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Knights exploring options to fill Reilly Smith’s spot

William Karlsson let out a deep exhale in the Golden Knights’ locker room Friday.

The center is excited to be back with what he considers his second family. But there is one important person no longer part of the group: His longtime linemate and friend Reilly Smith.

“That’s a tough one,” Karlsson said. “I’m going to miss him a lot.”

Smith, traded to the Pittsburgh Penguins in June, leaves the Knights as the second-leading goal scorer in franchise history and one of the team’s pillars in the community. He won’t be easy to replace.

That means the identity of Karlsson’s next left wing is one of the Knights’ few questions in training camp. They return 18 of the 19 skaters who played in the Stanley Cup Final. The team’s seven preseason games will help determine who gets the first crack at the one open spot.

“I can’t tell you opening night right now who’s going to play on William Karlsson’s left wing because they’ll be a little bit of a battle that’ll sort itself out,” coach Bruce Cassidy said. “Hopefully they push each other and it’s a tough decision. That’s what you want. You want internal competition.”

The fight to play with Karlsson and right wing Michael Amadio has already started in the first two days of training camp.

Left wing Paul Cotter skated with the two Thursday. It was left wing Pavel Dorofeyev’s turn Friday.

Both bring strong arguments to the table.

Dorofeyev, 22, had seven goals and nine points in 18 games as a rookie. He has a strong shot and also showed last season he wasn’t afraid to scrap for offense in front of the net. The team outscored opponents 7-3 at five-on-five with he and Karlsson on the ice together.

Cotter, 23, scored 13 goals in 55 games as a rookie. He’s a smooth skater who plays with a physical edge, yet has enough skill to finish. Cotter won a spot on the opening-night roster last season with a strong camp.

This time he’s looking to solidify his place in the lineup.

“You’ve just got to find a way to do something to stand out so you’re not being taken out of the lineup,” Cotter said. “For me, it’s consistency. I think that’s going to be my biggest thing this year is just keep pounding and stay grinding. Everything will work itself out, hopefully.”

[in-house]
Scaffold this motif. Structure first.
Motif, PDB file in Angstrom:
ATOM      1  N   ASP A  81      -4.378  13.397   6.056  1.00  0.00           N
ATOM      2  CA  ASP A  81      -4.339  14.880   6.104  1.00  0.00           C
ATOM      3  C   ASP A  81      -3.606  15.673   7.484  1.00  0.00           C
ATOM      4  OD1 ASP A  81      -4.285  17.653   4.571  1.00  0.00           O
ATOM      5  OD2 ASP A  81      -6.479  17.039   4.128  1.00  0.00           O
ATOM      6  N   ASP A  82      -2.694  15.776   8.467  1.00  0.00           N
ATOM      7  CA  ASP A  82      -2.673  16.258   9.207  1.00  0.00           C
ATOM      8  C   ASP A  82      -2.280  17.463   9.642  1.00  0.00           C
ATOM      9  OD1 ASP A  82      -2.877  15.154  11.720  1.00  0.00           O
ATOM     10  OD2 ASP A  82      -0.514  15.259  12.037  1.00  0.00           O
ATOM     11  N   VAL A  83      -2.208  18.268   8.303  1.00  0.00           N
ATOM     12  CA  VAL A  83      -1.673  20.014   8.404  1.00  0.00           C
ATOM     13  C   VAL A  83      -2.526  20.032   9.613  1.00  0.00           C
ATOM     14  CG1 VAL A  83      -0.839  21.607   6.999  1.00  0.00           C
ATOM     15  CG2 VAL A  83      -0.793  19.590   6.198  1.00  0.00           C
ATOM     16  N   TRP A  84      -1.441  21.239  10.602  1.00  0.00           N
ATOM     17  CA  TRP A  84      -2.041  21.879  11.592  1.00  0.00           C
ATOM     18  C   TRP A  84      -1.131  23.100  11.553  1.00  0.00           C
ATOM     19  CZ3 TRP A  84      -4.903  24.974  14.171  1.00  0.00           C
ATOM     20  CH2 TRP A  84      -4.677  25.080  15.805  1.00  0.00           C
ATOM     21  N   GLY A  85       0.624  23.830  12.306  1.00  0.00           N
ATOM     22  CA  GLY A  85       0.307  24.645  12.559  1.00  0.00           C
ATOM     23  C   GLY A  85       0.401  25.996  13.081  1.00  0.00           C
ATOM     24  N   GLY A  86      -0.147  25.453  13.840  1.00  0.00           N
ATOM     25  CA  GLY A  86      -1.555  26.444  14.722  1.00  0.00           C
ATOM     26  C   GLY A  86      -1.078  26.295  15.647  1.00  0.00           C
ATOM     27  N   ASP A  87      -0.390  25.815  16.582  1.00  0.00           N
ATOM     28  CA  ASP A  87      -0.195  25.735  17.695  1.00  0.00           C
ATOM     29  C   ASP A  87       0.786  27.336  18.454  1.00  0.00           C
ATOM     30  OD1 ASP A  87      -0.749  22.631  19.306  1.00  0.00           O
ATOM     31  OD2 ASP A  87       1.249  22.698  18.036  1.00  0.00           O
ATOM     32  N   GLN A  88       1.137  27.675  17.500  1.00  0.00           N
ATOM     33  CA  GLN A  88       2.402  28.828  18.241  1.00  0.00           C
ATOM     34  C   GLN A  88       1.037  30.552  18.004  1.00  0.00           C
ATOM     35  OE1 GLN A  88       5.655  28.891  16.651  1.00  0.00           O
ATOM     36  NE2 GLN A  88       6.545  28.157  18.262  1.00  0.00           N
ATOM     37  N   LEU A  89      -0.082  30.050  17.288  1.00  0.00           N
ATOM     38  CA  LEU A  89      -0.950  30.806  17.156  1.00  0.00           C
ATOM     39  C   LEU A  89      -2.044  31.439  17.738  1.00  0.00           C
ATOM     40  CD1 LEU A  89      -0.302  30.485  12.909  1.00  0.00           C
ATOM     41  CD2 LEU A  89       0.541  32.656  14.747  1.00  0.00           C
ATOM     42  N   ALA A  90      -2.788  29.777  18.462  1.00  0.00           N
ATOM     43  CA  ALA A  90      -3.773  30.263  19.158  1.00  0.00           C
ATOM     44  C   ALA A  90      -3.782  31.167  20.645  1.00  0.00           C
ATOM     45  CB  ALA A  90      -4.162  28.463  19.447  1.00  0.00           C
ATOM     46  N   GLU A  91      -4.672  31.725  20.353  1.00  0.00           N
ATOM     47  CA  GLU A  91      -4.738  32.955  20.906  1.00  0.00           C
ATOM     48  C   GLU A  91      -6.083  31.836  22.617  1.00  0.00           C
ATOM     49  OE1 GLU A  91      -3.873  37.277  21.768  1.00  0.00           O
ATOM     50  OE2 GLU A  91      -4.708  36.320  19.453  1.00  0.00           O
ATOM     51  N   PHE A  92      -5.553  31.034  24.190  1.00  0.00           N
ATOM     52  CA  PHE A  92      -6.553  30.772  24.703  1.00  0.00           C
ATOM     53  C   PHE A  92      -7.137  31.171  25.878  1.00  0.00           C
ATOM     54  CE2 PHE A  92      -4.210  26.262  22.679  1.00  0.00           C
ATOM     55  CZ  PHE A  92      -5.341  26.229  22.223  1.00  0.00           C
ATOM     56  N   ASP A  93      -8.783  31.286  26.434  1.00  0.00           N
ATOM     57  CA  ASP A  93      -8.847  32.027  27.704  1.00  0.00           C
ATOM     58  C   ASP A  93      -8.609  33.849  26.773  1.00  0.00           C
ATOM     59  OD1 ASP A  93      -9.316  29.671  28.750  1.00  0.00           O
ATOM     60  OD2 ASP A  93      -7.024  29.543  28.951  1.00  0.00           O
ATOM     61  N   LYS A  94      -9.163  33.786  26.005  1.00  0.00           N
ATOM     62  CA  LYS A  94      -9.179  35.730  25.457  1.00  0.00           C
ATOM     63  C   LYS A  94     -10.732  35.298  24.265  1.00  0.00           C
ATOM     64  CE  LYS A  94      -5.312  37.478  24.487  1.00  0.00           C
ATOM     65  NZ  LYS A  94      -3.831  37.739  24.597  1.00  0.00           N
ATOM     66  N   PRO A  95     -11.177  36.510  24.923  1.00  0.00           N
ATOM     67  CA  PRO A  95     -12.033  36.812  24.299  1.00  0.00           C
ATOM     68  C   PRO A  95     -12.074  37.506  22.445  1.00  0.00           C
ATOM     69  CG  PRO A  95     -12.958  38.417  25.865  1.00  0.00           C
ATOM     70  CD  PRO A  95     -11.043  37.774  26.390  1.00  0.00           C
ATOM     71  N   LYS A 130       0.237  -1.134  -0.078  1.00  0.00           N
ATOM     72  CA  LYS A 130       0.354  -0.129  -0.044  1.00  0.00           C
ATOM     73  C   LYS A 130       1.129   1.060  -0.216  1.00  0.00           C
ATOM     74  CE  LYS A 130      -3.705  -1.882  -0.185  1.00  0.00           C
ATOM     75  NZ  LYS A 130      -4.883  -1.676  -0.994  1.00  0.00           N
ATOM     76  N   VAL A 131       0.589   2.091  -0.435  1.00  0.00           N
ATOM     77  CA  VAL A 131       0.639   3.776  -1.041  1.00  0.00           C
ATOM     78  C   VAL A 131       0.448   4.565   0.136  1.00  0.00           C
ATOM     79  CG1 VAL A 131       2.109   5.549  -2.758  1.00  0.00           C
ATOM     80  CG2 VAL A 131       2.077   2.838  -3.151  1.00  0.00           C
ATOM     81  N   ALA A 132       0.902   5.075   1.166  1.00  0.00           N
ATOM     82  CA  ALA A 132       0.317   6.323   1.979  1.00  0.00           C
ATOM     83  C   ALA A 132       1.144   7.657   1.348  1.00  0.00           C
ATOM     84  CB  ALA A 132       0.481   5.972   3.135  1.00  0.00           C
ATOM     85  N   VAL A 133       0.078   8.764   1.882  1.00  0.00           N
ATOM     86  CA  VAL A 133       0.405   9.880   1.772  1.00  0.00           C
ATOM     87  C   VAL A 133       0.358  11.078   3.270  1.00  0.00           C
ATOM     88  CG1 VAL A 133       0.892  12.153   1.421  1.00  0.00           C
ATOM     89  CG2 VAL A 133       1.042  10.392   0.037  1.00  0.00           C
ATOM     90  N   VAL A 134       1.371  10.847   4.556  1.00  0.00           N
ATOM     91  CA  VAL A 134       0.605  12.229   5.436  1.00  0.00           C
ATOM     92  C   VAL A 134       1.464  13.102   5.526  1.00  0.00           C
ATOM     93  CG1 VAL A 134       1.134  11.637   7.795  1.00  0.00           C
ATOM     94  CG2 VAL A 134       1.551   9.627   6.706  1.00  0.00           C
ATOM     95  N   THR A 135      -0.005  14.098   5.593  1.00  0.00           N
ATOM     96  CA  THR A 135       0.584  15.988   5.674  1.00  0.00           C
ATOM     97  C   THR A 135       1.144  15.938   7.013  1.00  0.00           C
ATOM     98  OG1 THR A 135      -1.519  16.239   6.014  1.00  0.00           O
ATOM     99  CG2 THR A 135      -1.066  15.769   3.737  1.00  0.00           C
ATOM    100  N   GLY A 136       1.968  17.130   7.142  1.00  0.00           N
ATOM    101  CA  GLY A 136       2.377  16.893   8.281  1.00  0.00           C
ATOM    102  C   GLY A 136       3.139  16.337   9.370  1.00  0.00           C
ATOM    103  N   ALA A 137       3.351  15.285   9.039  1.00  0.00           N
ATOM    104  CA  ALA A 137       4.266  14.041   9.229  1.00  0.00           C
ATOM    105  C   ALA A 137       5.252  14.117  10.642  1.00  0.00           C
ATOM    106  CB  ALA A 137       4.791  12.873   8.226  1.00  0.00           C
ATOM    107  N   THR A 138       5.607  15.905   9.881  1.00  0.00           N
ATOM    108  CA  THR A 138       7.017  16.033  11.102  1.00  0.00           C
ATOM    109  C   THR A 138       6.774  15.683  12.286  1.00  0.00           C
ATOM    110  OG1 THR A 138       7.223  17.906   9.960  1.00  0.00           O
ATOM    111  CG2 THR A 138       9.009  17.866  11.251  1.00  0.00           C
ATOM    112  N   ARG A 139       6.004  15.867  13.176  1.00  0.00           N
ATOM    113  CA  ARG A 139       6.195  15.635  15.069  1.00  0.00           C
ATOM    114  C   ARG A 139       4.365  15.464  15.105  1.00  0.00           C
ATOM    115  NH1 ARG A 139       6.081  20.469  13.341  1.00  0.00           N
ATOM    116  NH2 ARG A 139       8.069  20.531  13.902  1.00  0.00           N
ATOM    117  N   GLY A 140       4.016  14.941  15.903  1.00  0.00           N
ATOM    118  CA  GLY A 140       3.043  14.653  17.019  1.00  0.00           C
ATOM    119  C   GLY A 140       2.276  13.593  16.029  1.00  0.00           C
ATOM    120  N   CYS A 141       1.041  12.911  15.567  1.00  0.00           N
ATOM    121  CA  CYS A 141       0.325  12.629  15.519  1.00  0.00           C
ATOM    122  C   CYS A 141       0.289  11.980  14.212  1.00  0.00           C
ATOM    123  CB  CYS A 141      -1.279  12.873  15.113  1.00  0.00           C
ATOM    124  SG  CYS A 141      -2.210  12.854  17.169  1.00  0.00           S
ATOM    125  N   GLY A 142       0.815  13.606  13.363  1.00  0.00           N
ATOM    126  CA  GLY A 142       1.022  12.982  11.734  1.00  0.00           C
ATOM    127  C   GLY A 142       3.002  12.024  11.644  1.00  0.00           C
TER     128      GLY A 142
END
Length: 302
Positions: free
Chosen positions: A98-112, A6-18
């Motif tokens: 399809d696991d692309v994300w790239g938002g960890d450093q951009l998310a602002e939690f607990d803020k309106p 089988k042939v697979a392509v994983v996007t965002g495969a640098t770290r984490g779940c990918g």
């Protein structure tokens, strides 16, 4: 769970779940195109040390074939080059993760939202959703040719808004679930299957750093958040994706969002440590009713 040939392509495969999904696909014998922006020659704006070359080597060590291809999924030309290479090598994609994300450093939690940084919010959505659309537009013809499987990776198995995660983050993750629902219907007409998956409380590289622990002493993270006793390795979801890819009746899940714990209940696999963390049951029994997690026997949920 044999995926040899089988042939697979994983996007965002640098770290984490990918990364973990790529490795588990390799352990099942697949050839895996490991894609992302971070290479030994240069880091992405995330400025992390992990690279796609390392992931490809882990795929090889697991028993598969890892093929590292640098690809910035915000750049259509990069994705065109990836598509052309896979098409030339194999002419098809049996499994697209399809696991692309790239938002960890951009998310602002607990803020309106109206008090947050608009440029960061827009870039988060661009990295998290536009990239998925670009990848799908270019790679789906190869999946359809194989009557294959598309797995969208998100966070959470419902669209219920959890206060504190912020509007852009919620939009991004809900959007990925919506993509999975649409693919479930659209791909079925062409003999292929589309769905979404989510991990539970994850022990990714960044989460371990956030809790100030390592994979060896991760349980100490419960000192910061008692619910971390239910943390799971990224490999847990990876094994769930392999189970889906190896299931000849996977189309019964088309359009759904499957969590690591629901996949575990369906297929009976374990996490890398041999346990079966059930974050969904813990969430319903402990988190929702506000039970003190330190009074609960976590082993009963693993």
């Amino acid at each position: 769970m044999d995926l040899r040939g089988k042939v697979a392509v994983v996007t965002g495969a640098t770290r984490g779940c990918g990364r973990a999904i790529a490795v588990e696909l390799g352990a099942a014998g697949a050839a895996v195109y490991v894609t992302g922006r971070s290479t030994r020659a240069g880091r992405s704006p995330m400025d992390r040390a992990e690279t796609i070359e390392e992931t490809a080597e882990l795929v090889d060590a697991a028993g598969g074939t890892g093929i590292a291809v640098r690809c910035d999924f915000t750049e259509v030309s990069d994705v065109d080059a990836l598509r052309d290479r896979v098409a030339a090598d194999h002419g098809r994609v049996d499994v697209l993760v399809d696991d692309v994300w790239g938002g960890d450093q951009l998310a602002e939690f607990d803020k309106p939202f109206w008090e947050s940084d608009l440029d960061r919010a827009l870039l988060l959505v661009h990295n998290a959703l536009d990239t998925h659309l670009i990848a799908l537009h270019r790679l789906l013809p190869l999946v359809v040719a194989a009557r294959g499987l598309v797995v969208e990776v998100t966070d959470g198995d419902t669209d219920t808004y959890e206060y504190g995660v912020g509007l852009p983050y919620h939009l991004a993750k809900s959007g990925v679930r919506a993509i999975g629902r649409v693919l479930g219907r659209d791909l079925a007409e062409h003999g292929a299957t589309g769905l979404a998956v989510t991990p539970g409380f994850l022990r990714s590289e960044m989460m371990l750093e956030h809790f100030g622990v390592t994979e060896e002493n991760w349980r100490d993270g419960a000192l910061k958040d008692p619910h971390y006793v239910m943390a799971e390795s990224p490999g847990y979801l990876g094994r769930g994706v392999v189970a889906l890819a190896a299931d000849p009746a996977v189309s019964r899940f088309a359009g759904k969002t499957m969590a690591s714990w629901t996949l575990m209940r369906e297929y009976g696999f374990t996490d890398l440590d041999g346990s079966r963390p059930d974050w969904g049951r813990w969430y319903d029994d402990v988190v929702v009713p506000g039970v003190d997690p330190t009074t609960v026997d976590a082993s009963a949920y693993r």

The Knights have other options, too.

Right wing Brendan Brisson, the team’s 2020 first-round pick, will get opportunities to show he can mesh with some of the Knights’ top-end players. The 21-year-old skated with left wing Ivan Barbashev and center Jack Eichel at Friday’s practice, for example.

It’s on Brisson — who is wearing Smith’s old No. 19 — to take advantage and prove he, at the least, should be one of the team’s first call-ups in case of an injury.

The Knights also have left wing Maxime Comtois in camp on a professional tryout agreement. Cassidy said Comtois probably will get a look with Karlsson, too. The 24-year-old had nine goals and 19 points in 64 games with the Anaheim Ducks last season, but became a free agent when the team didn’t give him a qualifying offer.

The Knights want to see if a new environment helps Comtois thrive. They’ve had plenty of success after taking fliers on players. Amadio was a waiver claim, center Chandler Stephenson cost the team a fifth-round pick and left wing Brett Howden was acquired for a fourth.

“Our amateur staff had real good reports on (Comtois) from his time as a junior and playing on the world junior team on two occasions,” general manager Kelly McCrimmon said. “We thought he was a player worthy to bring in and give a look.”

The Knights don’t expect Smith’s replacement to play at his level immediately. Cassidy acknowledged that wouldn’t be fair to any of them.

Trading Smith did allow the team to re-sign Barbashev, a trade deadline pickup, to a five-year, $25 million extension. The Knights can also count on different players to raise their game to try to fill the void Smith leaves behind.

“I think we will be able to replace that position with good hockey,” Cassidy said. “Will it be exactly like Reilly Smith? It’d be disrespectful to Reilly to say that. But who knows? Maybe someone will take the ball and run with it and replicate his numbers and his value. That’s our job to make them get better as the year goes on. We didn’t have (Barbashev) to start last year, so we feel we have an advantage there with his play from day one. I think it balances itself out.”

Contact Ben Gotz at bgotz@reviewjournal.com. Follow @BenSGotz on X.

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